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How to make the world's crispiest hash browns

Illustration for article titled How to make the worlds crispiest hash browns
Image: Karl Gustafson

I suck at hash browns. My efforts are so lackluster I feel inadequate as a father. Saturday mornings, I’d throw a bag full of wet potato shreds into the skillet—five minutes would go by, then 10, 15, and by minute 20 the potatoes would still be white and uncooked. What would end up on the plate wasn’t golden crispy pleasure, more the mess left when a baked potato explodes in the microwave.

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I needed a hash brown intervention.

Illustration for article titled How to make the worlds crispiest hash browns
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Luckily a book arrived at my desk recently called Breakfast: The Cookbook. It’s a 464-page compendium of how people around the world cook breakfast, from huevos rancheros in Mexico to toast with kaya (coconut jam) in Singapore and champorado, the chocolate rice porridge from the Philippines.

I immediately turned to the page about hash browns, and noticed a few things I wasn’t doing. For one, I could’ve shredded a whole potato rather than used the bagged stuff. It’s really not that much more labor intensive, provided you have a box grater at the ready. The second thing I wasn’t doing: I should’ve soaked the potato shreds in water to remove the starch, then dry the spuds with a towel. Of course, this made all the sense in the world: Wet potatoes don’t make crispy potatoes.

I reached out to the book’s author, Emily Elyse Miller, for additional guidance.

“[You should] probably add more butter or oil than you’d expect—I use oil to cook, then add a little butter at the end,” Miller told The Takeout. “And you can’t touch it for seven minutes (which honestly, is the hardest part), flip, then cook another four or so minutes without touching it.”

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So in short:

  1. Grate your own potatoes.
  2. Rinse out the starch.
  3. Dry it out.
  4. Use more oil than you think you need.
  5. Patience.

I used Miller’s recipe today. It was more than crispy; my three-year-old called the hash browns a “potato record.” I bit into it: the dang thing shattered. I felt like an adequate father again.

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Illustration for article titled How to make the worlds crispiest hash browns
Photo: Kevin Pang
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Hash Browns

Recipe from Breakfast: The Cookbook by Emily Elyse Miller
Preparation time: 10 minutes
Cooking time: 10 minutes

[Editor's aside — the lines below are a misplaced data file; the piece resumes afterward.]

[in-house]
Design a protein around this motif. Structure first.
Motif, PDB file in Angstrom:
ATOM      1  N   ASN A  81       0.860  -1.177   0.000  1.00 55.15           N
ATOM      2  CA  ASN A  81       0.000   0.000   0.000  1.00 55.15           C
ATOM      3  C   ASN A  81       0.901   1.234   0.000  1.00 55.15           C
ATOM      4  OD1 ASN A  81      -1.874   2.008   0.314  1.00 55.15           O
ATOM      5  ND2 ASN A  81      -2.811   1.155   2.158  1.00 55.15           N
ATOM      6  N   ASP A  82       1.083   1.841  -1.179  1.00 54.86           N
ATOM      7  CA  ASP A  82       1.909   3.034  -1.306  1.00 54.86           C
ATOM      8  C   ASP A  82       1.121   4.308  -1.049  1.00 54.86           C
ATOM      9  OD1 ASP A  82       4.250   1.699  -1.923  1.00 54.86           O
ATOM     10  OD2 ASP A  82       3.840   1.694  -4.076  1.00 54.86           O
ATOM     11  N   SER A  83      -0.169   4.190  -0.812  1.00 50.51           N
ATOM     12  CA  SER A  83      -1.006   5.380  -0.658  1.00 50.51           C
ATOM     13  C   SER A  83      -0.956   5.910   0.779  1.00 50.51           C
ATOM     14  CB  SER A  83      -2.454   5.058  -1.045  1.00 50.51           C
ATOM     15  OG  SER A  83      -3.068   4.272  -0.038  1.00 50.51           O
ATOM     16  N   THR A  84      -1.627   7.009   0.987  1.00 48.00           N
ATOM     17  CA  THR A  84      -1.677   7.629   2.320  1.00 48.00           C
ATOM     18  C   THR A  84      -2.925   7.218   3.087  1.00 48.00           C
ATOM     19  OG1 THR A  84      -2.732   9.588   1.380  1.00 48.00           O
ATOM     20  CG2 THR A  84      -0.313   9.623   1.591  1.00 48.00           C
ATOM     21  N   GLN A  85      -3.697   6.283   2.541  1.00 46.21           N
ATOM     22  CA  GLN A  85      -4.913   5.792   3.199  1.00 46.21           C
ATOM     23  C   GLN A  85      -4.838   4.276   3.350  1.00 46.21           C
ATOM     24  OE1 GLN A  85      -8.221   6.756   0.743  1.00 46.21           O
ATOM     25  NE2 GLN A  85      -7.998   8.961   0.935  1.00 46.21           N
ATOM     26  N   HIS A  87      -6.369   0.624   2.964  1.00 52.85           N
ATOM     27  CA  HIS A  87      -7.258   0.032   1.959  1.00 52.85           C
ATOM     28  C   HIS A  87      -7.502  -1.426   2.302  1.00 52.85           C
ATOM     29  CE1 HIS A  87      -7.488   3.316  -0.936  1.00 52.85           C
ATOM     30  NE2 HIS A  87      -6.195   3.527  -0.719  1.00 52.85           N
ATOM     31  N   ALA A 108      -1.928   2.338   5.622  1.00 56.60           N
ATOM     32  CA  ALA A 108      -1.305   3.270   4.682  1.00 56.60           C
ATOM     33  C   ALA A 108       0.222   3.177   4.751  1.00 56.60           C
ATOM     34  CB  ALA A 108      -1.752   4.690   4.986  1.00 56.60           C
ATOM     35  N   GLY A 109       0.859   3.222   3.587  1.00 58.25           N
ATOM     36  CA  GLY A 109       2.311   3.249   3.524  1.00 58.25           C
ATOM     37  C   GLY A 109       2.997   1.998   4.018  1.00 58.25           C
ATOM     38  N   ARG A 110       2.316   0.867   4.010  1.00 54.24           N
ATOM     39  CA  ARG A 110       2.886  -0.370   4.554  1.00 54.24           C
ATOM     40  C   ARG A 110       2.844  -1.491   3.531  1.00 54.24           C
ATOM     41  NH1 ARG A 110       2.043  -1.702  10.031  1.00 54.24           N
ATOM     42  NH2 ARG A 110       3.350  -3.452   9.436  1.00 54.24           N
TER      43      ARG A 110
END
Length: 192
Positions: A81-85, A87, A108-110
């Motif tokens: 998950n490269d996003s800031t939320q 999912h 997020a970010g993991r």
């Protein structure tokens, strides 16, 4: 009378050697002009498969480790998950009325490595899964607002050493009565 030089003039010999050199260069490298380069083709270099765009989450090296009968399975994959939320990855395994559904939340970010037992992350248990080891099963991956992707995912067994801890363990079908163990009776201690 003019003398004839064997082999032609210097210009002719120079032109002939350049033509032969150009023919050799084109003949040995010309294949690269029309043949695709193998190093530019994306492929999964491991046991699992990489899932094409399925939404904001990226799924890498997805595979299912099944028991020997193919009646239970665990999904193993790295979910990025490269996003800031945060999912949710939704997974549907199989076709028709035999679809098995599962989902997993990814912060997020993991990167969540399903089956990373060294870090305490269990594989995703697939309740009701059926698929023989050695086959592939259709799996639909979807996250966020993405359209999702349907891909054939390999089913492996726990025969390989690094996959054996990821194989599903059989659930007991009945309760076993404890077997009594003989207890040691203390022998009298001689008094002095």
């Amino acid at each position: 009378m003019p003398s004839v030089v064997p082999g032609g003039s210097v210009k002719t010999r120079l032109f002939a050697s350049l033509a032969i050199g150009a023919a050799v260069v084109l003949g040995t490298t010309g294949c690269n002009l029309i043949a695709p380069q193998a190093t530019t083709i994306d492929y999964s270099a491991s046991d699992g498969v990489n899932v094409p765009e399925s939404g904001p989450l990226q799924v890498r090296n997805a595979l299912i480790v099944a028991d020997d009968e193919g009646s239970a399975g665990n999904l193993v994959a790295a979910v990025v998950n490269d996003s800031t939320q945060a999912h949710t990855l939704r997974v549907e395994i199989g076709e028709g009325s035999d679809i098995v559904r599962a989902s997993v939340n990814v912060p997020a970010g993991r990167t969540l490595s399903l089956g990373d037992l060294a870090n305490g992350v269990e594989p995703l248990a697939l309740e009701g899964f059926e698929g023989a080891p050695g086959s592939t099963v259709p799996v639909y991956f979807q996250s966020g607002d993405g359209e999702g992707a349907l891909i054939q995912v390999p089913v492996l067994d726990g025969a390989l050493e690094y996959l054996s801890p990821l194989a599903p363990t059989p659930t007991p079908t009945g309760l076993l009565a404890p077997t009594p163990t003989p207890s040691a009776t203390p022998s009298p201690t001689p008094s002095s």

Serves 2

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  • 1/2 lb. russet (baking) potatoes (about 1 medium), peeled
  • 2 Tbsp. olive oil
  • 1 Tbsp. unsalted butter
  • Salt and freshly ground pepper

Grate the potatoes using the large holes of a box grater. Soak ina bowl of water to remove extra starch, tossing the mixture for about 30 seconds. Drain and transfer the shredded potatoes to a tea towel and wring out water from the potatoes. Transfer the potatoes to a bowl, season with salt and pepper, and toss with your hands.

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In a cast-iron skillet or frying pan, heat the olive oil and butter over medium heat. When it begins to sizzle, add the potatoes. Spread in an even layer and allow the potatoes to cook until golden, seven minutes. Flip with a spatula and cook until browned, four minutes. Transfer to paper towels to drain.


Recipe reprinted with permission from Breakfast: The Cookbook by Emily Elyse Miller, copyright © 2019. Published by Phaidon.

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Kevin Pang was the founding editor of The Takeout, and director of the documentary For Grace.

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DISCUSSION

doublej01
thosemeddlingkids

Shredding potatoes on a box grater and then squeezing the moisture out on a towel before frying (either nuked a la Serious Eats or rinsed as with this recipe) is a royal PITA. I’ve decided that they’re not worth cooking at home in any serious quantity on a regular basis. While nowhere near as good, I’ve made home fries (crispy fried potato slices with peppers & onions) the breakfast standard in my house, with true shredded hash browns reserved for breakfast out at diners or fast food joints.

Also, poo poo if you want to, but the frozen ‘McD’s type’ style hashbrowns that can generally be found in bulk at most grocery stores are actually very good, especially given how simple they are to prepare. Likewise, don’t sleep on frozen tater tots.